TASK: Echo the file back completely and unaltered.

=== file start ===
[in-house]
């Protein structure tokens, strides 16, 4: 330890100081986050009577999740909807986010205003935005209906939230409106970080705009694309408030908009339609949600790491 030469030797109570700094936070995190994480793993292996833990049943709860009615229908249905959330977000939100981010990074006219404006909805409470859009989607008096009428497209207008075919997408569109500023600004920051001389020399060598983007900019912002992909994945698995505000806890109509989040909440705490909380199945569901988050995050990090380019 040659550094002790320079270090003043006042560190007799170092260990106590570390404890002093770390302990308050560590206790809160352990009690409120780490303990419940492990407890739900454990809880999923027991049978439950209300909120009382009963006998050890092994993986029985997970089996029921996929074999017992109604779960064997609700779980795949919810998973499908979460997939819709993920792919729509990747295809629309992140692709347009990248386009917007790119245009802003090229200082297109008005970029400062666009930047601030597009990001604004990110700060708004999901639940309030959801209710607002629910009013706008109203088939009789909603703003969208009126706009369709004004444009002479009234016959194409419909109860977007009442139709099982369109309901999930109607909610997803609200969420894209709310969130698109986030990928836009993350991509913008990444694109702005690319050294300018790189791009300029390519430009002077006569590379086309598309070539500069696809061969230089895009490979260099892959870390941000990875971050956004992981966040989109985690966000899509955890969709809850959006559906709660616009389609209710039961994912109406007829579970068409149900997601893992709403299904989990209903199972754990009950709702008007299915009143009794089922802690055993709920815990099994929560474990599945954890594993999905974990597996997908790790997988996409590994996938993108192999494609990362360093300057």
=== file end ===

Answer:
[in-house]
């Protein structure tokens, strides 16, 4: 330890100081986050009577999740909807986010205003935005209906939230409106970080705009694309408030908009339609949600790491 030469030797109570700094936070995190994480793993292996833990049943709860009615229908249905959330977000939100981010990074006219404006909805409470859009989607008096009428497209207008075919997408569109500023600004920051001389020399060598983007900019912002992909994945698995505000806890109509989040909440705490909380199945569901988050995050990090380019 040659550094002790320079270090003043006042560190007799170092260990106590570390404890002093770390302990308050560590206790809160352990009690409120780490303990419940492990407890739900454990809880999923027991049978439950209300909120009382009963006998050890092994993986029985997970089996029921996929074999017992109604779960064997609700779980795949919810998973499908979460997939819709993920792919729509990747295809629309992140692709347009990248386009917007790119245009802003090229200082297109008005970029400062666009930047601030597009990001604004990110700060708004999901639940309030959801209710607002629910009013706008109203088939009789909603703003969208009126706009369709004004444009002479009234016959194409419909109860977007009442139709099982369109309901999930109607909610997803609200969420894209709310969130698109986030990928836009993350991509913008990444694109702005690319050294300018790189791009300029390519430009002077006569590379086309598309070539500069696809061969230089895009490979260099892959870390941000990875971050956004992981966040989109985690966000899509955890969709809850959006559906709660616009389609209710039961994912109406007829579970068409149900997601893992709403299904989990209903199972754990009950709702008007299915009143009794089922802690055993709920815990099994929560474990599945954890594993999905974990597996997908790790997988996409590994996938993108192999494609990362360093300057």